There is also the symbolic anatomy of this painting, a very particular ‘Boydian’ iconography, which includes a luminous green scarab beetle, an Egyptian symbol which refers to the rebirth of the sun each day; a ‘ram-ox’, a hybrid symbol – part ox, part ram – entirely invented by the artist to suggest strength and fertility; and of course the crow, the harbinger of doom or death. Finally, there is the posy of flowers. Do they denote an imminent or recent wedding, or foretell a funeral – and might not the blue ones be anemones, ancient Christian symbols of sorrow and death?
Taken together, Boyd is registering a remarkably complex state of mind here, one in which his bride finds herself utterly abandoned to sleep – a state that might equally signify her being seized variously with fear, sadness, lust, or the hope of renewal.
The ‘Bride’ series, according to Robert Hughes, and more recently Kendrah Morgan, was also informed by his then tumultuous personal life. Hughes called the Brides ‘the search of a man for love’, and Morgan recounts the story of Boyd’s lover at the time, the artist Jean Langley, whose diaries recount her giving him a bunch of flowers to take to his wife Yvonne, then languishing in hospital with a nervous breakdown.
Whether the ‘Brides’ series was conceived or evolved as an allegory of the alienated outsider, as a pointed social and political critique, or whether it also embodies the after-effects of the immense turmoil in Boyd’s personal life at the time, it remains a complex, contested and rightly celebrated body of work in Australian art history. It is, likely, all of these things.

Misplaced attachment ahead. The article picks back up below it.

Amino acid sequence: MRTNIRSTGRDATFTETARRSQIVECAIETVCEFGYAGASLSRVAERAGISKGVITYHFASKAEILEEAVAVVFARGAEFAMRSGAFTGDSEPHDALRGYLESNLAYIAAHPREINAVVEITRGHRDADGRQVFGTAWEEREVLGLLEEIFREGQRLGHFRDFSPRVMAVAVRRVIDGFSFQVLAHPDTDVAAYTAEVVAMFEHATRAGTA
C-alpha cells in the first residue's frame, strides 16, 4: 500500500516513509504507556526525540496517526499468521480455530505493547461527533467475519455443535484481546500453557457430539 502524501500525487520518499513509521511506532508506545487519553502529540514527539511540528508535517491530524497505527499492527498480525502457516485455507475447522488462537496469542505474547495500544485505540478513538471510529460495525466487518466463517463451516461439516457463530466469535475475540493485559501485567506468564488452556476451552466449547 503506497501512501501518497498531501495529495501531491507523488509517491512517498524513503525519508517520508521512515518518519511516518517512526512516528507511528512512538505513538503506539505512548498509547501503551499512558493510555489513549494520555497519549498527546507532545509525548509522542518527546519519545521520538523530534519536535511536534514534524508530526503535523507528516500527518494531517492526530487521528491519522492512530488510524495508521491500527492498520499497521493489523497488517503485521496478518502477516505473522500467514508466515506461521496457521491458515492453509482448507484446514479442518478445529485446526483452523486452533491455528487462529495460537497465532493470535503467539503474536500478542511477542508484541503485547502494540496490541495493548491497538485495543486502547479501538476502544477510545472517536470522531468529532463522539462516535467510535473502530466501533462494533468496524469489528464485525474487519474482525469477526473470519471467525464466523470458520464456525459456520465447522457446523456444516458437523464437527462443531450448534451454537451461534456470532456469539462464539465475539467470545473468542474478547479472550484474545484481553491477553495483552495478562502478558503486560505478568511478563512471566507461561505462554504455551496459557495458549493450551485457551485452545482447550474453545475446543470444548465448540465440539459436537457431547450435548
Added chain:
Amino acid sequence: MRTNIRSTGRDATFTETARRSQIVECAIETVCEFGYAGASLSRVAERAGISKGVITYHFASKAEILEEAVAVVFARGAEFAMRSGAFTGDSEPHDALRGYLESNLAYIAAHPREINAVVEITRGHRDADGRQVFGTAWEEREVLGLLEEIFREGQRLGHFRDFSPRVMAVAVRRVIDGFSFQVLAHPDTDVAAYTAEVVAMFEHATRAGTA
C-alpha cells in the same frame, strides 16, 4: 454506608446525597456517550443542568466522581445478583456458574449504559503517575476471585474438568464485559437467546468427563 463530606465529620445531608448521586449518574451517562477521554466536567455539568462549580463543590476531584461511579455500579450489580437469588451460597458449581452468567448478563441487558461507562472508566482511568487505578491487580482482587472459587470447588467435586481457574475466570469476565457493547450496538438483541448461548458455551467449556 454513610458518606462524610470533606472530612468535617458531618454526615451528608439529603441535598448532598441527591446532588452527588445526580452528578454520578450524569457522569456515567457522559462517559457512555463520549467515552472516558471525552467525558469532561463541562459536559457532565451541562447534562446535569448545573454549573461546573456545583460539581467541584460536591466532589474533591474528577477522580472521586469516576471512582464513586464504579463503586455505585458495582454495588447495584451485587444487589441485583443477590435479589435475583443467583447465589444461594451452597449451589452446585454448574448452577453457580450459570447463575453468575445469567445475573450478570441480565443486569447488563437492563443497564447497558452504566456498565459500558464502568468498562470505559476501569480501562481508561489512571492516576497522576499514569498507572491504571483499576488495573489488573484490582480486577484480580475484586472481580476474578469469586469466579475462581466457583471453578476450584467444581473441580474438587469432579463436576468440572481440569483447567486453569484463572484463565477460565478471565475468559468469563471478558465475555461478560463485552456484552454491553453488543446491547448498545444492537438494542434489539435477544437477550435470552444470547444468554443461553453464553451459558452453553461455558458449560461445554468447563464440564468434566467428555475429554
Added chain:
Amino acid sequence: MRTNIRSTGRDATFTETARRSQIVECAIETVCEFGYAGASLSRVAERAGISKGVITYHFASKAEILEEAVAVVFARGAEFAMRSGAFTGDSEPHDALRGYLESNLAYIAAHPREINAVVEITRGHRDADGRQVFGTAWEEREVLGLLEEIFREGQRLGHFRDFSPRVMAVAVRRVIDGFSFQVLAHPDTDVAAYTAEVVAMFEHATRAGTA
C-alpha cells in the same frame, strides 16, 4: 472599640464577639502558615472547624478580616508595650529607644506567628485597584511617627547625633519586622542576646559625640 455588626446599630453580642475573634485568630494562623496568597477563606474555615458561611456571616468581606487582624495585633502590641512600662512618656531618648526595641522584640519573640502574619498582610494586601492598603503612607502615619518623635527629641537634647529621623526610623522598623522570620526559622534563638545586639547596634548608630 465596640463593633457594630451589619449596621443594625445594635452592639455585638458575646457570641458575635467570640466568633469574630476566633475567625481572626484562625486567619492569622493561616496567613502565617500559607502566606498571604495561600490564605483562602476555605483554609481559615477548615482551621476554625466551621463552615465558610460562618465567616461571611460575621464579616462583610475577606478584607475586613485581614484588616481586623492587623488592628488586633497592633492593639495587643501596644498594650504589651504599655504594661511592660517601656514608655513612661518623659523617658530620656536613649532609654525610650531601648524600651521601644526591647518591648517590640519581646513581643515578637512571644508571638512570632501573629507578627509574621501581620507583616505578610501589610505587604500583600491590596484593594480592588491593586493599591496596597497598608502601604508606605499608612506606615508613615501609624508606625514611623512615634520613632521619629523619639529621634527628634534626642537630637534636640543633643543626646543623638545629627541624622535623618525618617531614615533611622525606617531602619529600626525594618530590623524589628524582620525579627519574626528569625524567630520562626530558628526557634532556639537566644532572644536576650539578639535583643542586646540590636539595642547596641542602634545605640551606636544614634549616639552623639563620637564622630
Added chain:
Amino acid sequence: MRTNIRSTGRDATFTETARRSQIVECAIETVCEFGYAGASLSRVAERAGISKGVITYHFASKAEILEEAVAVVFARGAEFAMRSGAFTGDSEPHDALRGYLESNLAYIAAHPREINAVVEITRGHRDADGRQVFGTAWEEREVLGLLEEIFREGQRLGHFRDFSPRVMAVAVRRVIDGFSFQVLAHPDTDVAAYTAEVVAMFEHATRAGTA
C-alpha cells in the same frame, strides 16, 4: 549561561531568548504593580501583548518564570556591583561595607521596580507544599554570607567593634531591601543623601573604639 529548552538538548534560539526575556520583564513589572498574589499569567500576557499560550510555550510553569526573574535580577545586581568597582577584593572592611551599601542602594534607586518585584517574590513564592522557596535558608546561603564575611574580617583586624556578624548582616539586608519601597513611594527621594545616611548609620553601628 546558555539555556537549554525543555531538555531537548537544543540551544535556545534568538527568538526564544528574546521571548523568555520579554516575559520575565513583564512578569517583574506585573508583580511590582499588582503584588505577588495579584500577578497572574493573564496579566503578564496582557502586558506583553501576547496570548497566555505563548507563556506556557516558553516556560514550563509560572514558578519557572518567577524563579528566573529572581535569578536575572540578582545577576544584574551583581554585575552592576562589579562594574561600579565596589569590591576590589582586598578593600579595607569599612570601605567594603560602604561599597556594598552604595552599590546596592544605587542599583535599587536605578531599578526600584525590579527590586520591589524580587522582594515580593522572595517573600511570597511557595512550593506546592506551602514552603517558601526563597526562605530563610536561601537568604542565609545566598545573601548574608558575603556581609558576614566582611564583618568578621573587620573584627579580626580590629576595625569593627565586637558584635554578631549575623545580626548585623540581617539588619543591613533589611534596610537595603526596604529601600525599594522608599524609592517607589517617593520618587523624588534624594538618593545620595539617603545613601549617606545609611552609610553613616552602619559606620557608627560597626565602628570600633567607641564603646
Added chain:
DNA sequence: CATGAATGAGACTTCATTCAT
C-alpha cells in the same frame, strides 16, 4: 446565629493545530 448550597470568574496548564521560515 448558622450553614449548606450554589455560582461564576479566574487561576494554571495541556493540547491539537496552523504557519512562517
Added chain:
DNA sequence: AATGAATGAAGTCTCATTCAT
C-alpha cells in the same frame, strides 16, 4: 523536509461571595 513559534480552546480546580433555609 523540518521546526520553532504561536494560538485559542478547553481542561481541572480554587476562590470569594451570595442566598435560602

It seems apt then, in this context, that Sleeping bride was at first a gift to Boyd’s sister Mary and to his brother-in-law John Perceval, whose own work will eventually hang nearby.
For the Gallery’s Collection, Sleeping bride is an exemplary painting from a highly significant moment in Australian art history; one which will dramatically expand the dialogue we can create between our holdings of Sidney Nolan, Russell Drysdale, Albert Tucker and William Dobell, together with Boyd himself.
This major, mid-century modernist painting from Arthur Boyd’s most prominent series will exert a uniquely unmatched impact on our Collection. It is, then, something of a bravura gift, as well – and I’m delighted that you could join us to be the first to see it and to celebrate it tonight.
As influential critic and curator Bryan Robertson, who first showed the ‘Brides’ at Zwemmer Gallery in London, said: “These paintings do not require any explanation. They speak with their own voice of something which the artist feels very passionately. They are tough pictures, filled with an almost lurid… intensity of movement, stillness and colour.”
The Sleeping bride – and I say this entirely without irony, in the shadow cast by Robertson’s remarks – is just that: a deeply felt, a deeply human painting
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Chris Saines, CNZM is Director of the Queensland Art Gallery | Gallery of Modern Art (QAGOMA). This is an edited version of an address given at the 2016 QAGOMA Foundation Annual Dinner.
Feature image: Arthur Boyd’s Sleeping bride 1957-58 (detail)